“The Blessed Lord said: I instructed this imperishable science of yoga to the sun-god, Vivasvan, and Vivasvan instructed it to Manu, the father of mankind, and Manu in turn instructed it to Ikshvaku.” (Bhagavad-gita, 4.1)
Friend2: I like how there’s no dogmatic insistence. Even though you have this blue God from the Hindu tradition teaching this stuff, the words appeal to logic and reason.
Friend1: Right. It’s not like you say, “Hey, in my religion we believe there is a difference between matter and spirit and that matter keeps changing, while spirit remains the same.”
Friend2: That truth is there for everything, not just a specific religion. It’s like you wouldn’t say that you believe in gravity. Gravity applies to everything, whether you believe in it or not.
Friend1: We’re just talking about the introduction here. There is so much more that Krishna explains. I have an interesting question for you.
Friend1: Krishna spoke the Gita to Arjuna on the battlefield of Kurukshetra some five thousand years ago, correct?
Friend2: Yeah, roughly that long ago.
Friend1: Okay, so what did people do before that?
Friend2: What do you mean?
Friend1: Were they doomed? Did they just follow religion blindly?
Friend2: I’m not sure what you’re asking.
Friend1: Today we are talking about the Bhagavad-gita. It is the main source of our discussions. What did people talk about back then? What about before Krishna appeared on this earth? What was their source material?
Friend2: The Vedas
Friend1: Oh. Do they teach the same things?
Friend2: For sure. The Vedas are identical with Krishna. Now, they may not present the philosophical truths in the exact same way. There are the Vedic hymns, which are songs in praise of God the person and His many assistants. Then there are the Puranas, which are ancient stories. The Puranas basically teach the Vedas through history.
Friend1: It seems like the Bhagavad-gita is superior to these works.
Friend2: Maybe in terms of succinctness and presentation, but actually just by reading something like the Ramayana a person can attain perfection. Shri Hanuman reads it every day. He is an eternally liberated soul. You can still connect with God without reading the Bhagavad-gita, if that’s what you are asking.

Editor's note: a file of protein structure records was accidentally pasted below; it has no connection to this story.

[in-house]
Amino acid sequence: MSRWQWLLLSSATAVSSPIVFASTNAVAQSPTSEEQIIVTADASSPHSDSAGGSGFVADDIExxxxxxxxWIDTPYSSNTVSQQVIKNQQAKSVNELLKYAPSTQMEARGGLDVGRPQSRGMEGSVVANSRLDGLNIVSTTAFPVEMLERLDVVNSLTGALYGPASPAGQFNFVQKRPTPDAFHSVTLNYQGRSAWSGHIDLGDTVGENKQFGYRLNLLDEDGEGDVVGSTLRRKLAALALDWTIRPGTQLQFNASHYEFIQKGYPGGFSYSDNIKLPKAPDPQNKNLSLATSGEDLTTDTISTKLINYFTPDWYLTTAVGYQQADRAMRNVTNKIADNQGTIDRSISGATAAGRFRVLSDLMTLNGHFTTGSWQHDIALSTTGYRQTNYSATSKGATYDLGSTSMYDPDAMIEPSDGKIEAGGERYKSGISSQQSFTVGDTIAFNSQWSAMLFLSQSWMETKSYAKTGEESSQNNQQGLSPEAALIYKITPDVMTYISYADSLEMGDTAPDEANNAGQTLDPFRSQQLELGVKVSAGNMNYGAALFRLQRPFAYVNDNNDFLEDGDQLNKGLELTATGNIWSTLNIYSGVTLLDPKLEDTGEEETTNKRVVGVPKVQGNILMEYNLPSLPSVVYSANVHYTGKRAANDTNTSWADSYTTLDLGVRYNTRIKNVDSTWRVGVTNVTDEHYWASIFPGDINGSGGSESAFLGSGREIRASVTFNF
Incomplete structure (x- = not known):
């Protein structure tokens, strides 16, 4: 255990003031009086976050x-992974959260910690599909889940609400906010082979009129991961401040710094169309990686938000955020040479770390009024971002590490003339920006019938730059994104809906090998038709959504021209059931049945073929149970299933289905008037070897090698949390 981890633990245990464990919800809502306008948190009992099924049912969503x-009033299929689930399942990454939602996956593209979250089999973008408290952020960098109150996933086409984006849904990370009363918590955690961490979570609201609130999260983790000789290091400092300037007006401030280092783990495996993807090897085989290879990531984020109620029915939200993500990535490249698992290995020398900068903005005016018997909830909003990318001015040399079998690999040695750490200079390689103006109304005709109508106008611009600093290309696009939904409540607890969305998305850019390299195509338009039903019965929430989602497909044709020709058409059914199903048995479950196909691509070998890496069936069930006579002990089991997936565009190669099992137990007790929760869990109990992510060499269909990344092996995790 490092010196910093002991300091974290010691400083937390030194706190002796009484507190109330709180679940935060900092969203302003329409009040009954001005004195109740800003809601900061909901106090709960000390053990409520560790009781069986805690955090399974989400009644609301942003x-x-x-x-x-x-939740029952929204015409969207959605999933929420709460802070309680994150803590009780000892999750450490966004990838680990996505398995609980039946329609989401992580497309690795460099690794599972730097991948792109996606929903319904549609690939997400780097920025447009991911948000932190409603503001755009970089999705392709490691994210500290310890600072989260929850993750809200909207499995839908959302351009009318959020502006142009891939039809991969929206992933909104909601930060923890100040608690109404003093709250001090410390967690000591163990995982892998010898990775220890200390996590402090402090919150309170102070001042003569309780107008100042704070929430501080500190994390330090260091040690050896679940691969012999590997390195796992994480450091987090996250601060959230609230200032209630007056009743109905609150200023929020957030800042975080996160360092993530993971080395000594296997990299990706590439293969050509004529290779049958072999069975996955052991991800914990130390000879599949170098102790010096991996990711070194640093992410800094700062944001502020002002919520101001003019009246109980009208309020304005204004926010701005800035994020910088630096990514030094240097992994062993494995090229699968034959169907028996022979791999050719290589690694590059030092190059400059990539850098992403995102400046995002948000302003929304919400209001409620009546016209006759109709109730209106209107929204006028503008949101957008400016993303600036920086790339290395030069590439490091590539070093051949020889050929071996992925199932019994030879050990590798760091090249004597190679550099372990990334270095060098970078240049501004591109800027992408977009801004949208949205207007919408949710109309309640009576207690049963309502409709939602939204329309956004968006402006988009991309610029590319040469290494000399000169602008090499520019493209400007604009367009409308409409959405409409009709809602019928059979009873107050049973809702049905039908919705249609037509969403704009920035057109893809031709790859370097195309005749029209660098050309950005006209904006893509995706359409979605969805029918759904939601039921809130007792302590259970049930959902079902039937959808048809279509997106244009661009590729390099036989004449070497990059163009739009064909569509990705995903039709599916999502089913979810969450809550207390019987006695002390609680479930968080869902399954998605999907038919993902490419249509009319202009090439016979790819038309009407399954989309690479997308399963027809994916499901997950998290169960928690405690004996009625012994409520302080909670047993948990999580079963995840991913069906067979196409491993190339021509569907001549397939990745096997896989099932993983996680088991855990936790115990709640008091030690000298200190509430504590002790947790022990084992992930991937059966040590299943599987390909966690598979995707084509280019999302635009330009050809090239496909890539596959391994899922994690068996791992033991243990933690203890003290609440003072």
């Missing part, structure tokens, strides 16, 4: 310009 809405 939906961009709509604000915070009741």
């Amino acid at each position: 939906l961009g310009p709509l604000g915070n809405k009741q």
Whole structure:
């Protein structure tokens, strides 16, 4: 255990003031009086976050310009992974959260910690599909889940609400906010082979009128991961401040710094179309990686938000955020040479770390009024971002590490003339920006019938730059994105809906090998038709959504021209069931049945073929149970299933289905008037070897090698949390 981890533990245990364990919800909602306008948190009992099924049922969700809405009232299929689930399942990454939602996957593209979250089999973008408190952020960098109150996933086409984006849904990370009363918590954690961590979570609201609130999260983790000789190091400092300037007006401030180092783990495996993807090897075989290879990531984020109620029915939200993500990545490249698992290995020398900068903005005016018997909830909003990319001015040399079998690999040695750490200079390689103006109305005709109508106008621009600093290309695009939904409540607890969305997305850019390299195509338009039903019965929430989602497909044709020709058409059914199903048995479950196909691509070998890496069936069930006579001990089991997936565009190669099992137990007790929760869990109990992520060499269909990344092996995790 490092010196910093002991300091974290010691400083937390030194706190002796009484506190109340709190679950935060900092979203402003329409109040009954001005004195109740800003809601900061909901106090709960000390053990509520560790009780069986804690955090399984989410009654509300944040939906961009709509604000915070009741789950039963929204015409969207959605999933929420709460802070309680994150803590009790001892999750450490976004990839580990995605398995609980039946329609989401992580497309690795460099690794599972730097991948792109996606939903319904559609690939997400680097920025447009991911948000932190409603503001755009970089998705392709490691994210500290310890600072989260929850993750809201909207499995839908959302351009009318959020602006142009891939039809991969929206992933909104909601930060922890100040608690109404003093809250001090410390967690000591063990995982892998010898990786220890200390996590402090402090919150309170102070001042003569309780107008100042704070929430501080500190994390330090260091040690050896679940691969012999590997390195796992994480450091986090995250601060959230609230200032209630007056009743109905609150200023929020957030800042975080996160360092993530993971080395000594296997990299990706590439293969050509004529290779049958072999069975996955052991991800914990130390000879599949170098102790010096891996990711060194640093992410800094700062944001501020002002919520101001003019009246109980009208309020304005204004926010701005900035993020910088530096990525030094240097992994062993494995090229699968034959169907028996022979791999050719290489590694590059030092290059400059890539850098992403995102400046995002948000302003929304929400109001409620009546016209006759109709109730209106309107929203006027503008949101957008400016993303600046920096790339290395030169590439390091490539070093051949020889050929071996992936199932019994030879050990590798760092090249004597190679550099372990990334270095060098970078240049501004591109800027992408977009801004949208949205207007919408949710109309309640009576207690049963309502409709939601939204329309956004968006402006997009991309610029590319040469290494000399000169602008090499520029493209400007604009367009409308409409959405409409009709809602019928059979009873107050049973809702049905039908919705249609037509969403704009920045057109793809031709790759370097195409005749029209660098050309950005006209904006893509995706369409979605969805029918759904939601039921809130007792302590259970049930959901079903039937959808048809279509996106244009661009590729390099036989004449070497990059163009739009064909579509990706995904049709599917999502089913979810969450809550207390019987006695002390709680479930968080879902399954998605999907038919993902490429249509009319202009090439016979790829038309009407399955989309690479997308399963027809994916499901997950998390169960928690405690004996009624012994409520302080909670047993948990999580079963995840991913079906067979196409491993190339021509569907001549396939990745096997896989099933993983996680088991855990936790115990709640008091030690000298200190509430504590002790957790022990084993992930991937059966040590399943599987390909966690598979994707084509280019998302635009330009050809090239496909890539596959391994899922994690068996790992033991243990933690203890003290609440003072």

Friend1: Oh okay. Yeah, that’s what I was sort of wondering about.
Friend2: You should also know that the Gita did not originate on that day five thousand years ago. Shri Krishna Himself says that He originally spoke the same truths to the sun-god at the beginning of time. This means that the Bhagavad-gita is just as eternal as the Vedas. The confidential truths get passed down in a chain of disciplic succession. When the chain gets broken and the knowledge appears to be lost, Krishna finds a way to reinstitute it.
Friend1: Arjuna was something like the next person in line, to keep the succession going.
Friend2: Exactly. That conversation became famous afterwards. We should never make the mistake of assuming that time has more importance than it does. One moment in time does not make or break something. Krishna is time itself. So there is always hope before a specific moment in time and afterwards. Even in the future, if somehow the knowledge of the Vedas becomes lost, there will be a way for people to become liberated. The knowledge will emerge again through the Divine will. Just be fortunate that you don’t have to worry about that now. Thanks to fearless saints like His Divine Grace A.C. Bhaktivedanta Swami Prabhupada, Gita-prachara, as it is, has taken off.
Profound wisdom, sacred verses to adore,
But what hope for people before?
Bhagavad-gita not famous in time when,
Where the lost and inquisitive to go then?
Eternal wisdom, time to transcend,
From parampara highest wisdom to descend.
Puranas, Vedas, or Ramayana to read,
Supreme Lord with message suited to need.